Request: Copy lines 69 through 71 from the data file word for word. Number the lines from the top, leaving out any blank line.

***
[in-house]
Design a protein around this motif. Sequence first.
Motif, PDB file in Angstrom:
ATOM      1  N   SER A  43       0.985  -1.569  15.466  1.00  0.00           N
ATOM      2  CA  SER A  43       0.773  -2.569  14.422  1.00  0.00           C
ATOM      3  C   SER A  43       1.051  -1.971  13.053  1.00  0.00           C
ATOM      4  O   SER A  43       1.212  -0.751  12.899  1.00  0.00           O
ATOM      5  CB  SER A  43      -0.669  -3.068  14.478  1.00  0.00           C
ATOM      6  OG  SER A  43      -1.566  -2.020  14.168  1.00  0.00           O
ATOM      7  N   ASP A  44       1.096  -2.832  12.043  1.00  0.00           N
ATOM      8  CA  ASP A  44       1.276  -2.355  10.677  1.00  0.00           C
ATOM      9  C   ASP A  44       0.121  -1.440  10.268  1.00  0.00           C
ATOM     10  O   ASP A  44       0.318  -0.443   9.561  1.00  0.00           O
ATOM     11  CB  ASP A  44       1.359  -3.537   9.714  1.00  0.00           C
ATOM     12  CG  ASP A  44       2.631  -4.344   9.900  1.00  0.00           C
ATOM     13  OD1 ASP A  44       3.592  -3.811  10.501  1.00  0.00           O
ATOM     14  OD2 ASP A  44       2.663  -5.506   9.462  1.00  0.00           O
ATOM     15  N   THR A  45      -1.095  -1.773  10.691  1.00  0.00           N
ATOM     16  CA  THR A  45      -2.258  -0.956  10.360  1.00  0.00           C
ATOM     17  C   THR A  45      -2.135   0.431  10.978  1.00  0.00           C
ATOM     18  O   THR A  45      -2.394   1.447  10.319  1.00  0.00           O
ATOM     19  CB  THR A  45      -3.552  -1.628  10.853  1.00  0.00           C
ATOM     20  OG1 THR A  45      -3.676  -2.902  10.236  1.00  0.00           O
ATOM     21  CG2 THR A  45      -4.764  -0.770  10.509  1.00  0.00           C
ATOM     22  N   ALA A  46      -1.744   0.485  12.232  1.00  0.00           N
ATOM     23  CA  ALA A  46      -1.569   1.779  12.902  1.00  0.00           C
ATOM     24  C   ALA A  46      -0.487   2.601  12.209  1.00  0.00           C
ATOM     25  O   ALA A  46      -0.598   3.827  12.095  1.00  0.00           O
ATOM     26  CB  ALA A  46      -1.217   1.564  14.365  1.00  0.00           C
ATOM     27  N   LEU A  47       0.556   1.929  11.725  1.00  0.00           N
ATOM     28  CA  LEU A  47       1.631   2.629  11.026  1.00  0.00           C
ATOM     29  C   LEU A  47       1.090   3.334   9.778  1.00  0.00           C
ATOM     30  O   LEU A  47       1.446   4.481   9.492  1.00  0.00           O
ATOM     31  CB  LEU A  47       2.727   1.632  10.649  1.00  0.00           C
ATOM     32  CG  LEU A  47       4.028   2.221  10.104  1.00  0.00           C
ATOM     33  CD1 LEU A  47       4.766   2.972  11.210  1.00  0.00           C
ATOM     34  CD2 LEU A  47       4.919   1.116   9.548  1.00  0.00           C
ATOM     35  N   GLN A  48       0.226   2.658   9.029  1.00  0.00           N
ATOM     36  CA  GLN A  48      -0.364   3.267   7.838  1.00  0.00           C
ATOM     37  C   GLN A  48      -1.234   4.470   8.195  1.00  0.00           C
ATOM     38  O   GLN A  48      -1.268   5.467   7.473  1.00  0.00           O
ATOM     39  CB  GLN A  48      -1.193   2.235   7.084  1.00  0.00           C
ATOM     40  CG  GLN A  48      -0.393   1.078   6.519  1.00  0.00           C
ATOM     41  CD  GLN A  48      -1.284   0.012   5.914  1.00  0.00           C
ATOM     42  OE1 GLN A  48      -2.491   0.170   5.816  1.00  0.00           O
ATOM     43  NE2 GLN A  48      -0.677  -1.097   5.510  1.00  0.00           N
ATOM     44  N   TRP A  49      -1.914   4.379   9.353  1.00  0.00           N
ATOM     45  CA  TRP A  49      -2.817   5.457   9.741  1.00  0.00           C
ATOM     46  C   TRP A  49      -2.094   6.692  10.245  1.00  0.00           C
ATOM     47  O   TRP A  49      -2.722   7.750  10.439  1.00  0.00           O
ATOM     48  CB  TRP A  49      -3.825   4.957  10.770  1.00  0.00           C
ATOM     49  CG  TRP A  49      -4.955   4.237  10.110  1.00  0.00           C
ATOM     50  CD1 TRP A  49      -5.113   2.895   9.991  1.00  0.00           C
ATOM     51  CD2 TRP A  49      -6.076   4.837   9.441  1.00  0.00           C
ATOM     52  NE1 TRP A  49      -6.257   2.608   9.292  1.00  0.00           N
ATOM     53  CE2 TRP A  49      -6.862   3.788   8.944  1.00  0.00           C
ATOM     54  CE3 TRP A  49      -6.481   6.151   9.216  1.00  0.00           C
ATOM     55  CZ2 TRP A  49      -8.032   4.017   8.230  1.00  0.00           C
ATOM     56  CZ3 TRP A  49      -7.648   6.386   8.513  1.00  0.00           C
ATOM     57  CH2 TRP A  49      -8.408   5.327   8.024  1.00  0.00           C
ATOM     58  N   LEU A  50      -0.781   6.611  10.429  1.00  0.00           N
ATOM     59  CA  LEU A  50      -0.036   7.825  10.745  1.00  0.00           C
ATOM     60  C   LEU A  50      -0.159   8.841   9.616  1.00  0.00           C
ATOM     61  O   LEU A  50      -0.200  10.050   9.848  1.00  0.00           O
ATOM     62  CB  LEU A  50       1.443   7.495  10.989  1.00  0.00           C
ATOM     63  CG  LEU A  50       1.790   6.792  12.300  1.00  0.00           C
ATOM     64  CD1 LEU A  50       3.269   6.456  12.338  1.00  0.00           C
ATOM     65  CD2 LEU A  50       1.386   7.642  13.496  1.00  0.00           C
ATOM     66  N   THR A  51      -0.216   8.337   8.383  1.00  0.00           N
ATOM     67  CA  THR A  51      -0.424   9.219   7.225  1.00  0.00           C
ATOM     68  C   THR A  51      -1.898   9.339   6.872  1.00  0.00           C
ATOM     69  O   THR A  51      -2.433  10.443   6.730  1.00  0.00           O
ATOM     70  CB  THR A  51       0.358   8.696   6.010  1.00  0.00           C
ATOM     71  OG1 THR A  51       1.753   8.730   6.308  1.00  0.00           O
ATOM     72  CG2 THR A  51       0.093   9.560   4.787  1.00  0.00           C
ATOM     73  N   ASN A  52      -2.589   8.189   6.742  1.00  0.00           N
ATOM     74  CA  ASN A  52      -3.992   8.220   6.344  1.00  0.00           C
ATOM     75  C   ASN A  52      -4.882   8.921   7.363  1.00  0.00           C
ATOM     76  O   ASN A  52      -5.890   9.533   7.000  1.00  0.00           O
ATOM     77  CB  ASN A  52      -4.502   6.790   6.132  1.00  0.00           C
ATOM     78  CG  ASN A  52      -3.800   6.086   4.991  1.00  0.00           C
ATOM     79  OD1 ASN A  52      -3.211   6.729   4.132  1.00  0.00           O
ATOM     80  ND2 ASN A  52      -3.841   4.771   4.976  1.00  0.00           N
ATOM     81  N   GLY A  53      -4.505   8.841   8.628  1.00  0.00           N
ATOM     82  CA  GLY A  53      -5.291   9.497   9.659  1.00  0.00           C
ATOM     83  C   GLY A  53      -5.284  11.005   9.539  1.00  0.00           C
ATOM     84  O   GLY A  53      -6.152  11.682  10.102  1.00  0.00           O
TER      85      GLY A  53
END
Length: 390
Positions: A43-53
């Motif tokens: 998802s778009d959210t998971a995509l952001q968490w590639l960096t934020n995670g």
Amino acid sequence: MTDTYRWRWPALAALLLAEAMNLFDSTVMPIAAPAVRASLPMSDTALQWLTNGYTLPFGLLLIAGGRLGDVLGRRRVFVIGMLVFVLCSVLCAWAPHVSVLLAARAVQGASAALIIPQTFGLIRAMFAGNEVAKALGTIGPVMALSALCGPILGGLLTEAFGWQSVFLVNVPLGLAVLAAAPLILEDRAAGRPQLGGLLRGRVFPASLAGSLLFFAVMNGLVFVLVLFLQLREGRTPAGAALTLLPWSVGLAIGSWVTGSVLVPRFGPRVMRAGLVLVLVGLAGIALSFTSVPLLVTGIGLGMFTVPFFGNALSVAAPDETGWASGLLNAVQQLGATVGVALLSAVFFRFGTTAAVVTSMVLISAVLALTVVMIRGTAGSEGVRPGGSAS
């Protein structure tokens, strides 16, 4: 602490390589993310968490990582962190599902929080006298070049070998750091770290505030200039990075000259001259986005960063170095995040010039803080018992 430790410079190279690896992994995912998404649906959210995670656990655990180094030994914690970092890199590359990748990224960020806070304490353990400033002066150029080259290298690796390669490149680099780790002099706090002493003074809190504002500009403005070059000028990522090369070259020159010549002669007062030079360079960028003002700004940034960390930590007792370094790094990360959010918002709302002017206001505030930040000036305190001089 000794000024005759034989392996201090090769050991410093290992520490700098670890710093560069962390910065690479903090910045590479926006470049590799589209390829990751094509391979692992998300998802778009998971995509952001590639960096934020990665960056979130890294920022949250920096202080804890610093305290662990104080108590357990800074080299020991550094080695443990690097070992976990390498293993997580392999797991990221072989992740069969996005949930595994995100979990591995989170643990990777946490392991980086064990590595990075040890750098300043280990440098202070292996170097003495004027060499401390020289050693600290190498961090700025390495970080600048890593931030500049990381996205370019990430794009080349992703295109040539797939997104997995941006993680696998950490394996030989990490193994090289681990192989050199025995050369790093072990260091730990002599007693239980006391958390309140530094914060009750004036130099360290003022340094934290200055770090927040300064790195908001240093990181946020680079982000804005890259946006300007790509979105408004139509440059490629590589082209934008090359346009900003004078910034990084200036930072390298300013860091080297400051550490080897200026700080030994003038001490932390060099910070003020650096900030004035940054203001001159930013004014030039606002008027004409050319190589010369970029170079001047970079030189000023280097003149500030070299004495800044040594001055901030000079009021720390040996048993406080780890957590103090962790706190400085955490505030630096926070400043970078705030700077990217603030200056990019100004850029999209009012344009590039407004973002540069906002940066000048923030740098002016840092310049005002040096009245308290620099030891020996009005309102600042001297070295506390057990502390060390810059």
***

ATOM     66  N   THR A  51      -0.216   8.337   8.383  1.00  0.00           N
ATOM     67  CA  THR A  51      -0.424   9.219   7.225  1.00  0.00           C
ATOM     68  C   THR A  51      -1.898   9.339   6.872  1.00  0.00           C